In 1933, Nazi students at more than 30 German universities pillaged libraries in search of books they considered to be "un-German." Among the literary and political writings they threw into the flames were the works of Theodore Dreiser.
And out of Russia, as out of no other country today, I feel, are destined to come great things, mentally as well as practically.
—Sowjet Russland (Dreiser Looks at Russia), 1929
All works published before May 1933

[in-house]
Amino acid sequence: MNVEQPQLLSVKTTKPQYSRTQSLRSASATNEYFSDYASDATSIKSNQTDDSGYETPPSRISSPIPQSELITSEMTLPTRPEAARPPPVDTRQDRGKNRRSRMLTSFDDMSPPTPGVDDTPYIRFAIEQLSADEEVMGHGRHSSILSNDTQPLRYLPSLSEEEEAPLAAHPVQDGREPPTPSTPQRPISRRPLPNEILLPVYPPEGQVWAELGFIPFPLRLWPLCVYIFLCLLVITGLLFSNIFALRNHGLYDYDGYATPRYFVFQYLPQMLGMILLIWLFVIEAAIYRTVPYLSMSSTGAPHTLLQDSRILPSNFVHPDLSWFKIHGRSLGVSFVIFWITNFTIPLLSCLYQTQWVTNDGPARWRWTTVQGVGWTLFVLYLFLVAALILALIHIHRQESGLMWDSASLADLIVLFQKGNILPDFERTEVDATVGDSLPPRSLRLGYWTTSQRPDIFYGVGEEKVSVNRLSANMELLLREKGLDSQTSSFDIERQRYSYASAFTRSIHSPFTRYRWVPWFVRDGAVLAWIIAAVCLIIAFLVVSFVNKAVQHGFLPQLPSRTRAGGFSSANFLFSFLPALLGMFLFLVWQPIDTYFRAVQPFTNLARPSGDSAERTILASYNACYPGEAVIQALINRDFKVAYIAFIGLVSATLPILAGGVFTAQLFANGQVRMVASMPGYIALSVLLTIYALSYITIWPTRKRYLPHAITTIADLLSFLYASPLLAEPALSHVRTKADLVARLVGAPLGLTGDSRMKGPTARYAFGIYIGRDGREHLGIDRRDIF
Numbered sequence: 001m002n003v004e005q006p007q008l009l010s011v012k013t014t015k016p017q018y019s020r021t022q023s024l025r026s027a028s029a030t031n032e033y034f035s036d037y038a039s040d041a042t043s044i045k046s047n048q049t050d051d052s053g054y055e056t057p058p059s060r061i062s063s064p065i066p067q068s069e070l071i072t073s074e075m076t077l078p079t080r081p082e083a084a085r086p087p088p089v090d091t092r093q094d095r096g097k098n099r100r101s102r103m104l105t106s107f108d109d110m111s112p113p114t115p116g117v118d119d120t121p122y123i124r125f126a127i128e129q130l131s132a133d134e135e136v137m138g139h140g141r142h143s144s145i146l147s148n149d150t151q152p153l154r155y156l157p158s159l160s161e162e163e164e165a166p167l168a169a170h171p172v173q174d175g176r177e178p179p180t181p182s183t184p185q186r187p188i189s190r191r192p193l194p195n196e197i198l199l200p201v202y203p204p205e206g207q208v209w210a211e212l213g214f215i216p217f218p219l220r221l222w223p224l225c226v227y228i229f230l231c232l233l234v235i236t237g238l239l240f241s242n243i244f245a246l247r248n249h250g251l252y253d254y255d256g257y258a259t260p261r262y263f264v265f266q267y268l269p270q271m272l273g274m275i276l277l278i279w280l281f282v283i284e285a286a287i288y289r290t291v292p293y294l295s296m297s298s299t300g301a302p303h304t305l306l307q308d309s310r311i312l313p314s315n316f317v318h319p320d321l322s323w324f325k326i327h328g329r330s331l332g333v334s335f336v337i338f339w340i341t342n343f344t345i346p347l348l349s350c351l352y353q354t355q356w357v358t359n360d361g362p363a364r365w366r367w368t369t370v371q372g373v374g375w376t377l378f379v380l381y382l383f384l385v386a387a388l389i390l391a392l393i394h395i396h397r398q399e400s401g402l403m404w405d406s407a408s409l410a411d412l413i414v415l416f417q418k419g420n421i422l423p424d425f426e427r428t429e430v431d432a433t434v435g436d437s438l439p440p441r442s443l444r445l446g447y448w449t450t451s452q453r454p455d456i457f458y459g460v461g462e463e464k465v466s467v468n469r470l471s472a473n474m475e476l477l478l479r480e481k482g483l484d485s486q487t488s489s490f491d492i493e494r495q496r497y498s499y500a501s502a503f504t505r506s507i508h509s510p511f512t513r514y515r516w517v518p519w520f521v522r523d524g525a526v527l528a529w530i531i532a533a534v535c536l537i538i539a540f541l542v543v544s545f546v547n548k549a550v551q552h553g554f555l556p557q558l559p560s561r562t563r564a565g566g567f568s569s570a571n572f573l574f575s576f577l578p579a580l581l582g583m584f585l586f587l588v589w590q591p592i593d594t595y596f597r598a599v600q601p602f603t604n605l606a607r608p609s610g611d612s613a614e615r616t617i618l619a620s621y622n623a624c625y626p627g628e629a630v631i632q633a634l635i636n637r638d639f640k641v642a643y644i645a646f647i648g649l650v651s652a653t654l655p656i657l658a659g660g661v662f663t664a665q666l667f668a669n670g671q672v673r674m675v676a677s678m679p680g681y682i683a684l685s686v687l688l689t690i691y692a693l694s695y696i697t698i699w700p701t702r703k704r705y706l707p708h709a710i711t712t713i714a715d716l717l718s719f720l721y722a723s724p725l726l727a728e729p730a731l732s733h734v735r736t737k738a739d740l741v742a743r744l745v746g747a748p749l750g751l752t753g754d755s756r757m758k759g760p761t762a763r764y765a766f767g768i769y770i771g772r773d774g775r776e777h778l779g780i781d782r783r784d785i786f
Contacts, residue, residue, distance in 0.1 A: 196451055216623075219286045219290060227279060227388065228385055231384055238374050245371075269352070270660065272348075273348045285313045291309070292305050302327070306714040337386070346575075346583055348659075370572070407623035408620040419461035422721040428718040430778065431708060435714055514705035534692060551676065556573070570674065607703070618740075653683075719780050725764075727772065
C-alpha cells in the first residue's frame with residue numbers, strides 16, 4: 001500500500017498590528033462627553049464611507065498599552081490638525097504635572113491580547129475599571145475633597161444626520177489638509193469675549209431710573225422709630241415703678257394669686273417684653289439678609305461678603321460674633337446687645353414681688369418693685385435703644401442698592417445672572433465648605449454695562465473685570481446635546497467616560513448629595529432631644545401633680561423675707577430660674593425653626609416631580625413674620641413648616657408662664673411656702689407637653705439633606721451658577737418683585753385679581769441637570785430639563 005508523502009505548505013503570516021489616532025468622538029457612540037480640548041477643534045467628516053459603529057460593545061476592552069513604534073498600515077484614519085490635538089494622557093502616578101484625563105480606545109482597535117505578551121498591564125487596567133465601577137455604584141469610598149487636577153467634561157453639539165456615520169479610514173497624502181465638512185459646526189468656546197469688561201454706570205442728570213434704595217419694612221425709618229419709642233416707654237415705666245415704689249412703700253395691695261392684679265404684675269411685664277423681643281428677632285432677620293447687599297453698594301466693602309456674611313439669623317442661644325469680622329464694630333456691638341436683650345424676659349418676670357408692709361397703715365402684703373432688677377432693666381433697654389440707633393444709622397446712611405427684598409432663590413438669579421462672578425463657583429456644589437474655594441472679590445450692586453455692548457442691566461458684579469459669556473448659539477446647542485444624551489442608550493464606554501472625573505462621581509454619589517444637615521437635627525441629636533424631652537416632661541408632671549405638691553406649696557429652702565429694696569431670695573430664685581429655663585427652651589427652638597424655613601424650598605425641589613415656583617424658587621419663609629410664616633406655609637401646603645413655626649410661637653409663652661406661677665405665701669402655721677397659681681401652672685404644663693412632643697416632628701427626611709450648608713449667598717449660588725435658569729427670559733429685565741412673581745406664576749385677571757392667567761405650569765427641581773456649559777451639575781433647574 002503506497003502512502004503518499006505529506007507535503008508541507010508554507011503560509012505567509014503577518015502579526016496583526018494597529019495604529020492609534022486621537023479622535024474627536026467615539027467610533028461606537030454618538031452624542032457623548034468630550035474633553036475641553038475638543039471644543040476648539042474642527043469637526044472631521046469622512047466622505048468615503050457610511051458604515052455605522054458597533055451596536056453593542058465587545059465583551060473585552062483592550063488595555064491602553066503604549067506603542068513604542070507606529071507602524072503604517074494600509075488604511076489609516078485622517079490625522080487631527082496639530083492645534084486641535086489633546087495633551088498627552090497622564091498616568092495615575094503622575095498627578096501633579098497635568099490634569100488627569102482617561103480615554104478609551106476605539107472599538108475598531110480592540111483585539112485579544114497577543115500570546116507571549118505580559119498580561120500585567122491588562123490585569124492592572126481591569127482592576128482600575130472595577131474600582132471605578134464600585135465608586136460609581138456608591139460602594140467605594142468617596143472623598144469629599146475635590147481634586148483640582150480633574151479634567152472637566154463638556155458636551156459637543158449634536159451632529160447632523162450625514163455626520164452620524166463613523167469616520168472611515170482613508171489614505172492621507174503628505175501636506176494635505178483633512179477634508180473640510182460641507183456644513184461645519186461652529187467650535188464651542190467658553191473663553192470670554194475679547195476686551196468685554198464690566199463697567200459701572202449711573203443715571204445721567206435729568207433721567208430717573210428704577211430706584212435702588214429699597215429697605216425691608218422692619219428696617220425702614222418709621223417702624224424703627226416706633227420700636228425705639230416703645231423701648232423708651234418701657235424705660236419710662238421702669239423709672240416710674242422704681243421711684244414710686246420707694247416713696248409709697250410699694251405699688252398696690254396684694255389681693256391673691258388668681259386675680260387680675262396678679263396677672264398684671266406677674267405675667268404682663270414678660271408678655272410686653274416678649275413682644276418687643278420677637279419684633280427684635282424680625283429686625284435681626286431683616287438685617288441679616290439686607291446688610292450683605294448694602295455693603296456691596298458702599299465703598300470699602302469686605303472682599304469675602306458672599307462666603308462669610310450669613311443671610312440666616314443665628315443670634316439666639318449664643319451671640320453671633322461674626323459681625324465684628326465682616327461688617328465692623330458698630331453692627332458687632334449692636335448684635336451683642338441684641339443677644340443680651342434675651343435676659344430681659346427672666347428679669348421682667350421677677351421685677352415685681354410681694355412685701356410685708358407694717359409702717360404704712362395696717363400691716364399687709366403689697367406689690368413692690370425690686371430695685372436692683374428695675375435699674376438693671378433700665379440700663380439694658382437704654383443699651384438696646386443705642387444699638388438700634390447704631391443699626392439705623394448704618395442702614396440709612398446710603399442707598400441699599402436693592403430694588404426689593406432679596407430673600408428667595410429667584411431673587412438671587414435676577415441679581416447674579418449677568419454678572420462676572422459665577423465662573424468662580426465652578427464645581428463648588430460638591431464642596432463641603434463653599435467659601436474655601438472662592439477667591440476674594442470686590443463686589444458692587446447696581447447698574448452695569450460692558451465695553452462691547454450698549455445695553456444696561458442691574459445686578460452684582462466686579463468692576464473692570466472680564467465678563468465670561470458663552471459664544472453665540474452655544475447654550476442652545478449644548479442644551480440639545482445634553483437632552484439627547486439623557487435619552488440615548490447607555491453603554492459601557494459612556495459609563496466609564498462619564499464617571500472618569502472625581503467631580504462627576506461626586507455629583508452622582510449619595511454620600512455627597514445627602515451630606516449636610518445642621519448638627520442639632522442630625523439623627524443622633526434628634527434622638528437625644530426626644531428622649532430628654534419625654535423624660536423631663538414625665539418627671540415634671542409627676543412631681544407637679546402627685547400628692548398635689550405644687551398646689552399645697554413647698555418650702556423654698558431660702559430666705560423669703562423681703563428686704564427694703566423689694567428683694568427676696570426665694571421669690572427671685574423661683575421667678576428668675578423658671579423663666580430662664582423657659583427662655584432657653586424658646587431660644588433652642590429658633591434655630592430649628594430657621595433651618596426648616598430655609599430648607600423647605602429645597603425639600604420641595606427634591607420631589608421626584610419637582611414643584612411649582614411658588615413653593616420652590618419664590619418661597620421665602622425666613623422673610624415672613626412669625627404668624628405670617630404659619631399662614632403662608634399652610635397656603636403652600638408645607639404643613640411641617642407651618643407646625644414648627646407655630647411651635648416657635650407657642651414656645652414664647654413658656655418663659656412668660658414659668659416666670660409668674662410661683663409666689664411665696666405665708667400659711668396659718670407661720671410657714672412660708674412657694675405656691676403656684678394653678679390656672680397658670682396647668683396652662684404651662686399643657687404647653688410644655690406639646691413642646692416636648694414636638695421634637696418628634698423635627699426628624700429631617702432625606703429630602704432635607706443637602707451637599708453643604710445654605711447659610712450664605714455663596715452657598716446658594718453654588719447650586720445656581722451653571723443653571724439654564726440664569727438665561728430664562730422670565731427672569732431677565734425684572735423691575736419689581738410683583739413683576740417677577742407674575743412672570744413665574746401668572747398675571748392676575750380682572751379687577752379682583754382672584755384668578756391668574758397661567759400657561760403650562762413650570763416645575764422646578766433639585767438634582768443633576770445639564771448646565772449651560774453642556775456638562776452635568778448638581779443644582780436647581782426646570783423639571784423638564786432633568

American author Theodore Dreiser (1871–1945) grew up in a German-speaking environment in Terre Haute, Indiana. One of ten children born to an impoverished German immigrant family, he was largely self-educated. Censorship and bans accompanied him all of his life. He began his writing career as a reporter for a number of Chicago and St. Louis newspapers. Dreiser was a pioneer of American naturalist fiction and a lifelong foe of censorship. In 1900 his first novel, Sister Carrie, was withheld from general distribution by the publisher due to the work's perceived amoral content. Later novels were censured by the New York Society for the Suppression of Vice and banned in Boston. Dreiser's work became increasingly political, as his interest in socialism and Communism deepened. His works were banned and burned in Nazi Germany.